Tag Archive for 'Adversity'

The opportunities in adversity

As the bubonic plague hung over Europe in the mid-14th Century, it must have been difficult to imagine any associated blessings. But that’s just what the late Norman F. Cantor proposed in his book, In The Wake Of the Plague: The Black Death and The World It Made.

Cantor wrote that the devastation caused the demise of the Dark Ages, and made way for a new, enlightened order. Cantor argues that, “the Black Death heralded an intellectual revolution.” He is talking about The Reformation, The Renaissance, and The Age of Enlightenment.

Consider a few developments that occurred not long after The Plague:

Information
Gutenberg (1400-68) used his movable type to make mass printing possible. Books and bibles finally could be available to the masses. Now for the first time in human history, there was a reason for ordinary people to learn to read.

Religion
Martin Luther (1483-1546) began the Protestant Reformation, which helped loosen the grip of the old church dogma on the state and the people, and just in time for the new Gutenberg bibles.

Art
Michelangelo (1475-1564) created Renaissance art that is still valid, imitated, and valued 500 years later. Enlightened minds are inspired by beautiful things.

Science and Engineering
Leonardo da Vinci (1452-1519) actually made significant contributions to art, thought, AND science and engineering. He was perhaps the Renaissance man. Civilization still benefits from the leveraging of his work and his thoughts.

History tells us that, just as controlled burning of brush can leave a healthier forest, adversity can spawn opportunity. But to appreciate history, one has to take the long view.

Let’s all work on our long views.


One person can make a difference

As the 17th century dawned, cause-and-effect was merging parallel universes.

In the Old World, a decision by a group of Leiden Separatists put them on a circuitous journey. Meanwhile, in the New World, a manchild named Tisquantum was born to the Wampanoag Indians.

Both the Separatists and Tisquantum became very important to our future, but not before their lives would change and intertwine in ways not to be imagined by either.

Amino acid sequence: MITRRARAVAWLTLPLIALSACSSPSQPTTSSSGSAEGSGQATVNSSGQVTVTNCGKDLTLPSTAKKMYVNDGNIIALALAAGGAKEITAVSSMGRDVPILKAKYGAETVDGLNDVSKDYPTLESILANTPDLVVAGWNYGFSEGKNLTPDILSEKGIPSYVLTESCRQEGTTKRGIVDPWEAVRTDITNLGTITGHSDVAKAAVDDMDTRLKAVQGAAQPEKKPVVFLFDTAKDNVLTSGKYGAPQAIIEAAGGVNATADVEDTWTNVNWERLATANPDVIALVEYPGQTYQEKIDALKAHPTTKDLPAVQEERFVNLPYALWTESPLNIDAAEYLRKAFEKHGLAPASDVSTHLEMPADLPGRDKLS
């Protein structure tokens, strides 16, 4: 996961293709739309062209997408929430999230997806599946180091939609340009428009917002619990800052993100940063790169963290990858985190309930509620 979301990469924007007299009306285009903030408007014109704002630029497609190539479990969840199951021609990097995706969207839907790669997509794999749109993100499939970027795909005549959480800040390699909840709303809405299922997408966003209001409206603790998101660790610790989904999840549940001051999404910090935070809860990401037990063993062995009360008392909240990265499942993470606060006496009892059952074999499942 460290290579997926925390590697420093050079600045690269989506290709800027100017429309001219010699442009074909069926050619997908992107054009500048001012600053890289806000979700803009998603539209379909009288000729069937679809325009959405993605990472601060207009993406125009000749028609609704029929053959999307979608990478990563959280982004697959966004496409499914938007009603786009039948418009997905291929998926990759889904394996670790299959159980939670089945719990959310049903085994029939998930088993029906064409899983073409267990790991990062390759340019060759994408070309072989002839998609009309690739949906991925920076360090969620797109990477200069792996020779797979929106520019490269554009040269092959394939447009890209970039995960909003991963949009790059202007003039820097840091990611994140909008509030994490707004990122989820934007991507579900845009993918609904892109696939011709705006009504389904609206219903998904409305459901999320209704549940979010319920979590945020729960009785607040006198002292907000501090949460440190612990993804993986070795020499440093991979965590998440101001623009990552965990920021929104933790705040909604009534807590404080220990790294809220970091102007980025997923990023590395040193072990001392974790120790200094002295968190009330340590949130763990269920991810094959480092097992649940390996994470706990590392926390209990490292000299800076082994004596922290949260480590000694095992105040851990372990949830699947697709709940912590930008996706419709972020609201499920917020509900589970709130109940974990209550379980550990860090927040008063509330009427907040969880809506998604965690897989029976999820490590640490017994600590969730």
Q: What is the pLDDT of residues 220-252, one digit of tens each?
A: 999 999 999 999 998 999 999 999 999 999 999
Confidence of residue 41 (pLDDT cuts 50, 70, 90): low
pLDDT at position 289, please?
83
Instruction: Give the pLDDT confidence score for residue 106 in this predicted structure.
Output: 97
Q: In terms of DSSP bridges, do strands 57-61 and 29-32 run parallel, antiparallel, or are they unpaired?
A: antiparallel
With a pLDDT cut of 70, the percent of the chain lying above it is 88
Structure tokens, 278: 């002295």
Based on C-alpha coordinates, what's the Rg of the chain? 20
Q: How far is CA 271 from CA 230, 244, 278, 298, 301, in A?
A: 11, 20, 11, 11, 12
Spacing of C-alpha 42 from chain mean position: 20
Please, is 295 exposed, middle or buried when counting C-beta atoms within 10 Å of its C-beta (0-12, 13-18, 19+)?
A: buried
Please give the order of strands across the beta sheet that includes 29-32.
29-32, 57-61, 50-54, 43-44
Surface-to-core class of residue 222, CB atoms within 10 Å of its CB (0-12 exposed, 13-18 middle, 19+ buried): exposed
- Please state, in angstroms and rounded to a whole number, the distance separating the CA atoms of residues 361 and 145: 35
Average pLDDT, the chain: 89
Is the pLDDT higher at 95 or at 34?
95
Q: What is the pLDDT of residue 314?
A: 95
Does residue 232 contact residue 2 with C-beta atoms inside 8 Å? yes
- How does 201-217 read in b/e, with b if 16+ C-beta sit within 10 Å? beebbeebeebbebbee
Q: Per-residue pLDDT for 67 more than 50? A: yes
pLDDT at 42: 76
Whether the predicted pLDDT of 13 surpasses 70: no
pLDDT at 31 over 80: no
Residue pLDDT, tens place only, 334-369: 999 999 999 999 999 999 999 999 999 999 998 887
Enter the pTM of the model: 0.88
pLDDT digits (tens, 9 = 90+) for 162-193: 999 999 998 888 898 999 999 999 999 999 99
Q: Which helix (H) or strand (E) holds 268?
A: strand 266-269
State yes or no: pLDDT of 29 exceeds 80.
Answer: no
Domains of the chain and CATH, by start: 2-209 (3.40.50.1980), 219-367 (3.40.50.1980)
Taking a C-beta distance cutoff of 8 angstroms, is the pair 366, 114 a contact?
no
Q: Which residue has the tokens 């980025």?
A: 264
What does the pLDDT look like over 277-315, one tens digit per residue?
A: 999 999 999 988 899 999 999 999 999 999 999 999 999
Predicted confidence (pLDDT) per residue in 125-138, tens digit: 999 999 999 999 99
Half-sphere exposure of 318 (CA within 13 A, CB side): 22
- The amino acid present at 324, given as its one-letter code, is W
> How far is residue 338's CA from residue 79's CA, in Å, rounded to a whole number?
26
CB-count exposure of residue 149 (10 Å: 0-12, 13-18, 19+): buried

Seeking religious freedom, the Separatists crossed Europe and then the Atlantic. On their odyssey they would steel their convictions, which proved handy in the New World.

Incredibly, first as a hostage and later as an interpreter, Tisquantum crossed the Atlantic six times. On his odyssey, Tisquantum learned Old World languages that, combined with his New World survival skills, would contribute to his rendezvous with destiny.

During their journeys, both experienced a name change: The Separatists became Pilgrims and Tisquantum became Squanto. And as the Pilgrims prepared for their first Atlantic crossing, Squanto made his last.

Arriving at his birthplace in 1619, Squanto found that his entire village and family had been wiped out by an epidemic.

On the day after Christmas, 1620, with the Mayflower Compact in hand, the Pilgrims came ashore at what is now Massachusetts, on a place they named Plymouth, after the city where their voyage began.

The Pilgrims’ first winter in the New World was brutal; less than half of the 102 colonists survived to spring. Then on March 16th, 1621, an Indian named Samoset walked up to the Pilgrims and said, “Hello, English.” Very soon he recognized that these sad-looking folks needed help from someone who spoke better English.

The two universes finally converged and cause-and-effect met humanity as Samoset brought Squanto to the Pilgrims. In one of the great moments of serendipity, it turns out “Plymouth” was the very spot of Squanto’s ill-fated village.

Squanto spent the rest of 1621 befriending the Pilgrims and teaching them how to survive in the New World. It’s clear that his contribution was critical to the survival of these important American forebears.

When the courage and convictions of one group of individuals converged with the humanity of two others, something special happened: Part of the foundation of the most benevolent nation in history was born.

This week we give thanks for these individuals and the blessings that have accrued to us 390 years later.

One person can make a difference. Happy Thanksgiving.

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